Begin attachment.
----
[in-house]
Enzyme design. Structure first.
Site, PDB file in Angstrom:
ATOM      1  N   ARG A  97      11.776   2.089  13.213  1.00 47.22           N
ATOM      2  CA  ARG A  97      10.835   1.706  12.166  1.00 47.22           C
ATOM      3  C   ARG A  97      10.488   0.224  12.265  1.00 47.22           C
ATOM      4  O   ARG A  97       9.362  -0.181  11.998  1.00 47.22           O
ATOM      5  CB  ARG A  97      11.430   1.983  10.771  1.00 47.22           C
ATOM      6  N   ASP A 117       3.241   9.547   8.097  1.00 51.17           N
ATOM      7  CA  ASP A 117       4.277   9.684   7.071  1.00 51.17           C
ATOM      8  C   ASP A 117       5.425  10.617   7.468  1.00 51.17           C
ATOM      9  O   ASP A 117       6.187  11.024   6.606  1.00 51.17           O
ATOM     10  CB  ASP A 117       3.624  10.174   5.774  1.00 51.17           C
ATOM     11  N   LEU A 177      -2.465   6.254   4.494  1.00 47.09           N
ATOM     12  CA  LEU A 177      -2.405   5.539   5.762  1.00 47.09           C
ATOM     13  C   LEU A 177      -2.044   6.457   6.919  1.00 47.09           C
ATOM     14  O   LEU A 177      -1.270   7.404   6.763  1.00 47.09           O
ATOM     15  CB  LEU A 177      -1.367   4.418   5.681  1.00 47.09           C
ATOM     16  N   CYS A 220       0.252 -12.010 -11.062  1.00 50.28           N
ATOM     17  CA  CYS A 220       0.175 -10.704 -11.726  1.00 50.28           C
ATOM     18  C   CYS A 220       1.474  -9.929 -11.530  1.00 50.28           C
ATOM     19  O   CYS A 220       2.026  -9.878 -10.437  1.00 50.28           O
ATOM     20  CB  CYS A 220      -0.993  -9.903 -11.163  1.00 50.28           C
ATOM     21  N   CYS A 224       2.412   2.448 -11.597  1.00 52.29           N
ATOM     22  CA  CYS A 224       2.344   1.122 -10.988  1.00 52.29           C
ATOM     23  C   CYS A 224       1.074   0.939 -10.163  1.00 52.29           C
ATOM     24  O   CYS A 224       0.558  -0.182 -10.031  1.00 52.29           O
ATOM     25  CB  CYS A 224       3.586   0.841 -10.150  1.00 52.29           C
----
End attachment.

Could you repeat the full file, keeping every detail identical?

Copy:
[in-house]
Enzyme design. Structure first.
Site, PDB file in Angstrom:
ATOM      1  N   ARG A  97      11.776   2.089  13.213  1.00 47.22           N
ATOM      2  CA  ARG A  97      10.835   1.706  12.166  1.00 47.22           C
ATOM      3  C   ARG A  97      10.488   0.224  12.265  1.00 47.22           C
ATOM      4  O   ARG A  97       9.362  -0.181  11.998  1.00 47.22           O
ATOM      5  CB  ARG A  97      11.430   1.983  10.771  1.00 47.22           C
ATOM      6  N   ASP A 117       3.241   9.547   8.097  1.00 51.17           N
ATOM      7  CA  ASP A 117       4.277   9.684   7.071  1.00 51.17           C
ATOM      8  C   ASP A 117       5.425  10.617   7.468  1.00 51.17           C
ATOM      9  O   ASP A 117       6.187  11.024   6.606  1.00 51.17           O
ATOM     10  CB  ASP A 117       3.624  10.174   5.774  1.00 51.17           C
ATOM     11  N   LEU A 177      -2.465   6.254   4.494  1.00 47.09           N
ATOM     12  CA  LEU A 177      -2.405   5.539   5.762  1.00 47.09           C
ATOM     13  C   LEU A 177      -2.044   6.457   6.919  1.00 47.09           C
ATOM     14  O   LEU A 177      -1.270   7.404   6.763  1.00 47.09           O
ATOM     15  CB  LEU A 177      -1.367   4.418   5.681  1.00 47.09           C
ATOM     16  N   CYS A 220       0.252 -12.010 -11.062  1.00 50.28           N
ATOM     17  CA  CYS A 220       0.175 -10.704 -11.726  1.00 50.28           C
ATOM     18  C   CYS A 220       1.474  -9.929 -11.530  1.00 50.28           C
ATOM     19  O   CYS A 220       2.026  -9.878 -10.437  1.00 50.28           O
ATOM     20  CB  CYS A 220      -0.993  -9.903 -11.163  1.00 50.28           C
ATOM     21  N   CYS A 224       2.412   2.448 -11.597  1.00 52.29           N
ATOM     22  CA  CYS A 224       2.344   1.122 -10.988  1.00 52.29           C
ATOM     23  C   CYS A 224       1.074   0.939 -10.163  1.00 52.29           C
ATOM     24  O   CYS A 224       0.558  -0.182 -10.031  1.00 52.29           O
ATOM     25  CB  CYS A 224       3.586   0.841 -10.150  1.00 52.29           C